Looking at him, Holly realised that not once during her entire passionate episode with the prince had she thought ‘this should have been Eddie’.
‘I know you only did it to bring me to my senses,’ Eddie said. ‘And it worked. I see now that you are capable of passion. I just need to be more patient with you.’
The prince hadn’t been patient , Holly thought absently. He’d been very impatient. Rough, demanding, forceful.
‘I didn’t kiss the prince to make you jealous.’ She’d kissed him because she couldn’t help herself.
‘Never mind that now. Put my ring back on your finger, and we’ll go out there and tell the press we’d had a row and you kissed the prince because you were pining for me.’
Life had a strange sense of humour, Holly reflected numbly. Eddie was offering to get back together. But she was already being propelled down a very different path.
‘That isn’t possible.’
‘We’re going to make a great couple.’ He was smugly confident. ‘We’ll have the Porsche and the big house. You don’t need to be a waitress any more.’
‘I like being a waitress,’ Holly said absently. ‘I like meeting new people and talking to them. People tell you a lot over a cup of coffee.’
‘But who wants to be weighed down with someone else’s problems when you can stay at home and look after me?’
‘It can’t happen, Eddie—’
‘I know it’s like a fairy tale, but it is happening. By the way, the flowers cost a fortune, so you’d better put them in water. I need the bathroom.’
‘Door on the right,’ Holly said automatically, and then gave a gasp. ‘No, Eddie, you can’t go in there.’ Oh, dear God, she’d left everything on the floor—he’d see.
Wanting to drag him back but already too late, she stood there, paralysed into inactivity by the sheer horror of the moment. The inevitability was agonising. It was like witnessing a pile-up—watching, powerless, as a car accelerated towards the back of another.
For a moment there was no sound. No movement.
Then Eddie appeared in the door, his face white. ‘Well.’ His voice sounded tight and very unlike himself. ‘That certainly explains why you don’t want to get back together again.’
‘You’re holding out for a higher prize.’ Looking slightly dazed, he stumbled into the living room of Nicky’s flat. Then he looked at her, his mouth twisted with disgust. ‘A year we were together! And we never—you made we wait.’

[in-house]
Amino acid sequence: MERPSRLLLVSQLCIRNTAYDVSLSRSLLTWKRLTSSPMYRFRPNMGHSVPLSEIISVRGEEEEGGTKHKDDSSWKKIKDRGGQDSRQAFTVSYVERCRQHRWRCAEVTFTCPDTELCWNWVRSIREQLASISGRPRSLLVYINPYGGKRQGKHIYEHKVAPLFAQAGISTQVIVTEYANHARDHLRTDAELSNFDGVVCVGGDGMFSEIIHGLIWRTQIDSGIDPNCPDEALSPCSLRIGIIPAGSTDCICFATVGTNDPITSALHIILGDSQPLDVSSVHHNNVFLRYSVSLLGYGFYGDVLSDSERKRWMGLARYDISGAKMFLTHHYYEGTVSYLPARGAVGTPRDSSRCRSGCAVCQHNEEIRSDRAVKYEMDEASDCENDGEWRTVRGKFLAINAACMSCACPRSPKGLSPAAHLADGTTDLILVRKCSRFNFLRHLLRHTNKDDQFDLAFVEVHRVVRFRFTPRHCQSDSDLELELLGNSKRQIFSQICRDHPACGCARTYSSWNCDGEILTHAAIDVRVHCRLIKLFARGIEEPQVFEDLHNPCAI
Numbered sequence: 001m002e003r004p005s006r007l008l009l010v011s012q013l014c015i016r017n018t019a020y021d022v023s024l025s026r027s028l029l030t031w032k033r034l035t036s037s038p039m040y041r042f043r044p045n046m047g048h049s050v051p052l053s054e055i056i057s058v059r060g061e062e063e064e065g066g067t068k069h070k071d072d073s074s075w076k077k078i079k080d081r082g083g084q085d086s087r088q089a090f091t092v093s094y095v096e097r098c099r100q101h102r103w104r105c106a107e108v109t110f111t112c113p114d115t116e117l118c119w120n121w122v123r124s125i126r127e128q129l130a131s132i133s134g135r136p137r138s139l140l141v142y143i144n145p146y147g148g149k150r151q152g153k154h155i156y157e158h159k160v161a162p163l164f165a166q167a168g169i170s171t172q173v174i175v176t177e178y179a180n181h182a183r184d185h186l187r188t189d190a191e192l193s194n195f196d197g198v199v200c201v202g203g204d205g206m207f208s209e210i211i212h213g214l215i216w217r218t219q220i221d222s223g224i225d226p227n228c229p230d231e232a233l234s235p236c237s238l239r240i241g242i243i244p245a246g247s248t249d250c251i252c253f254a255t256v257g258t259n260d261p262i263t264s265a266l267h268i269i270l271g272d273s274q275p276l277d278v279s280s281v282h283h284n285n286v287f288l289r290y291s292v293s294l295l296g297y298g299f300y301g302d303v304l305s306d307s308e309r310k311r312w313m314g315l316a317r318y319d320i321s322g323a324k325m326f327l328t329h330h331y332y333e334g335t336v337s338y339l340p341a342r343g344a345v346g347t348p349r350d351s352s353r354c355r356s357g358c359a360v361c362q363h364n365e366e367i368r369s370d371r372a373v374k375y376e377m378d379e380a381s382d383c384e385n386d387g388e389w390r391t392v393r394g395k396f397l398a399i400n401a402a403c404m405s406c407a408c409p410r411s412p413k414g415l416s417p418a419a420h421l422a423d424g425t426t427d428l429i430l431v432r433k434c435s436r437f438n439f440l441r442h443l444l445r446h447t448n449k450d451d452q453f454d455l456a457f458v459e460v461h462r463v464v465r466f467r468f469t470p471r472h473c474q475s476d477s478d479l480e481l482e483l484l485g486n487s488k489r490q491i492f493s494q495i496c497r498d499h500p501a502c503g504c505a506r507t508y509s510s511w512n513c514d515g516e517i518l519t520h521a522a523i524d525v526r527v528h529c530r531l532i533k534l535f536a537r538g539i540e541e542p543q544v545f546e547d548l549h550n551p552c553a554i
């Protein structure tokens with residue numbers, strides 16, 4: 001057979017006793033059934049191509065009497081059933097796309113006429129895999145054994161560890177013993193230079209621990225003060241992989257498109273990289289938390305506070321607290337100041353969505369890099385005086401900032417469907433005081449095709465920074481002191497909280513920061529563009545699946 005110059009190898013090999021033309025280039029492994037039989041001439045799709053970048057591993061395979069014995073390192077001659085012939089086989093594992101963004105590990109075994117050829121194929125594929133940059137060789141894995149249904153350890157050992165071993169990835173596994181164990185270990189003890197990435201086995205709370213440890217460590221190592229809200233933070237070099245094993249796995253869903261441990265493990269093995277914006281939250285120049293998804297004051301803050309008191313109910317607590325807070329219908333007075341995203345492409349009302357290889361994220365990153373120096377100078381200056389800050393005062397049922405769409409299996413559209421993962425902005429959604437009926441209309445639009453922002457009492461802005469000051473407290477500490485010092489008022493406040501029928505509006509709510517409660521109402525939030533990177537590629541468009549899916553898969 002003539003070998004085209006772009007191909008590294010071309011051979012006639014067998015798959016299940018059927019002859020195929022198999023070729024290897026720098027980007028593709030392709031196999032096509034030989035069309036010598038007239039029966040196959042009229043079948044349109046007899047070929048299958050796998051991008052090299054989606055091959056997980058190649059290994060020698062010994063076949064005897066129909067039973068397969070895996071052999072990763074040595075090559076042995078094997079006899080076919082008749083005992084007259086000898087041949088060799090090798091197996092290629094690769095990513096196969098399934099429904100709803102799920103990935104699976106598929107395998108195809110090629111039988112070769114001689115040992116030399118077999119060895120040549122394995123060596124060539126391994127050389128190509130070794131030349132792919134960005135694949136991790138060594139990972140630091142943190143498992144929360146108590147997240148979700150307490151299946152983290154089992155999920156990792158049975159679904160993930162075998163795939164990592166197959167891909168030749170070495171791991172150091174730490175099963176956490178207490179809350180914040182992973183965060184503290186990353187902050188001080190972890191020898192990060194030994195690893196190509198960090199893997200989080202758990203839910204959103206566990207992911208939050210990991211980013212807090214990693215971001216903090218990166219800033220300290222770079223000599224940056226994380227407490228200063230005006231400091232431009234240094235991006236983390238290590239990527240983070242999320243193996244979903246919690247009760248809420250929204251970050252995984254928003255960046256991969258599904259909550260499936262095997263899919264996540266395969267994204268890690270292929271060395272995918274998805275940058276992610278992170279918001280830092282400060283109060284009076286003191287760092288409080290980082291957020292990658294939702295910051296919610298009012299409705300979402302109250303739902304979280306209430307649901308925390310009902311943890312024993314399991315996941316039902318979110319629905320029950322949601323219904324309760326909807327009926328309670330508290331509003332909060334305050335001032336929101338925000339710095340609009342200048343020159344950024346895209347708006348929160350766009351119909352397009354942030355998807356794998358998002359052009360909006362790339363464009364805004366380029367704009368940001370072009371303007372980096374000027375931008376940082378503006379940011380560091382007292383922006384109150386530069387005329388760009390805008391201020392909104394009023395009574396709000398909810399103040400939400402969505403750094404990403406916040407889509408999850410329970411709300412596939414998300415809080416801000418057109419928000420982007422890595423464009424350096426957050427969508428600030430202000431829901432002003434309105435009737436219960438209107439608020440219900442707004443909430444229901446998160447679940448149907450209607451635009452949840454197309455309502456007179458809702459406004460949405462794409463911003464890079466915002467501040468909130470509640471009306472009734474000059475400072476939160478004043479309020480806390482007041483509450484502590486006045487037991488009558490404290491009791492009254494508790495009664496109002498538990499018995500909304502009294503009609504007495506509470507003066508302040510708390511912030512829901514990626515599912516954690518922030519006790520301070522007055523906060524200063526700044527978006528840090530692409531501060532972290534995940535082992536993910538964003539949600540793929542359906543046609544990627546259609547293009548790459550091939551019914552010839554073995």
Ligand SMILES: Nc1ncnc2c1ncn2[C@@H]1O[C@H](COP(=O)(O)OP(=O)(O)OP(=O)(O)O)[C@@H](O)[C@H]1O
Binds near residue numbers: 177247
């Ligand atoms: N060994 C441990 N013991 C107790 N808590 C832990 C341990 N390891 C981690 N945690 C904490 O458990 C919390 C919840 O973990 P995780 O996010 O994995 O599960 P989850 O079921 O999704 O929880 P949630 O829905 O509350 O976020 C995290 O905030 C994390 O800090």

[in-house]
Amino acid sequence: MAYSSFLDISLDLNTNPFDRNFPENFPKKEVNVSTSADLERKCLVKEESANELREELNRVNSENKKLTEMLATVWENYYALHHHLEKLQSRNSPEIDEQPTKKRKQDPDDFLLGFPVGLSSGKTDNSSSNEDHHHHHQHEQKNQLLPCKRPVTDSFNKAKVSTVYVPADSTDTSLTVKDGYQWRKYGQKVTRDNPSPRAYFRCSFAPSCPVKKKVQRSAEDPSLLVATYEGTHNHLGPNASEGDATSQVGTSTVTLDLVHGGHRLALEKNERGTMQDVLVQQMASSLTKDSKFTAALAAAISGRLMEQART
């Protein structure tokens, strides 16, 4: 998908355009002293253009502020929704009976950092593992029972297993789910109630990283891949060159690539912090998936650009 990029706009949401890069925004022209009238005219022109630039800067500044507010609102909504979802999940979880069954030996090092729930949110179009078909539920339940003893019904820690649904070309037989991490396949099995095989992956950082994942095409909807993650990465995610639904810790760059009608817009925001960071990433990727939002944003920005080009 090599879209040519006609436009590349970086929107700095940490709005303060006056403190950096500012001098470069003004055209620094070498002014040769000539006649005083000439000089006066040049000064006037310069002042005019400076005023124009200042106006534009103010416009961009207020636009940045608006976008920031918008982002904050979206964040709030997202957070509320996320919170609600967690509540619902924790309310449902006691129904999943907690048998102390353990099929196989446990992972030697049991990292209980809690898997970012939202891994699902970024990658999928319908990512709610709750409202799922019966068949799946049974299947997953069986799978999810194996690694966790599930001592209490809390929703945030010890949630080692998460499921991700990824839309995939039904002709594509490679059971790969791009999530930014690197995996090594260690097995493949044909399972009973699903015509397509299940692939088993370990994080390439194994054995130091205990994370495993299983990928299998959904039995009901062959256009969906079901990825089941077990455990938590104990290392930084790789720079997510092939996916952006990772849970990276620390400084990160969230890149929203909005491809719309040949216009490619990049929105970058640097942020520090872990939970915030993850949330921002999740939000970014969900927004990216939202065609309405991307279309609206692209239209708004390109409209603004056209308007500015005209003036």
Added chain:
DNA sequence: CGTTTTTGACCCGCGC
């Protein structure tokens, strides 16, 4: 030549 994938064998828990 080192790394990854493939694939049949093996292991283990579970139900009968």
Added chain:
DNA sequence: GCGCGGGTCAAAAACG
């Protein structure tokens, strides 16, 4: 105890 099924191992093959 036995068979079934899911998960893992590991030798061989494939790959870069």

‘Because it didn’t feel right,’ she muttered, mortified by how it must look, and anxious that she’d damaged his ego. That was the one part of this whole situation that she hadn’t even been able to explain to herself. Why had she held Eddie at a distance for so long and yet ended up half-naked on the table with Prince Casper within thirty minutes of meeting him? ‘Eddie, I really don’t—’
‘You really don’t what?’ He was shouting now, his features contorted with rage as he paced across Nicky’s wooden floor. ‘You really don’t know why you slept with him? Well I’ll tell you, shall I? You slept with him because he’s a bloody prince!’
‘And you’ve really hit the jackpot, haven’t you?’ He gave a bitter laugh. ‘No wonder you weren’t excited about my Porsche. I suppose he drives a bloody Ferrari, does he?’
Holly blinked. ‘I have no idea what he drives, Eddie, but—’
‘But it’s enough to know you’re getting a prince and a palace!’
‘That isn’t true. I haven’t even decided what to do yet.’
‘You mean you haven’t decided how to make the most money out of the opportunity.’ Eddie strode towards the door of her flat, scooping up the flowers on the way. ‘I’m taking these with me. You don’t deserve them. And you don’t deserve me. Good luck in your new life.’
Holly winced as the flowers bashed against the door frame and flinched as he slammed the door.
A horrible silence descended on the flat.
A few forlorn rose petals lingered on the floor like drops of blood, and her finger stung from the sharp thorn.
She felt numb with shock. Awful. And guilty, because it was true that she’d shared something with the prince that she hadn’t shared with Eddie.
And she didn’t understand that.
She didn’t understand any of it.
Two weeks ago she would have relished the idea of getting back together with Eddie.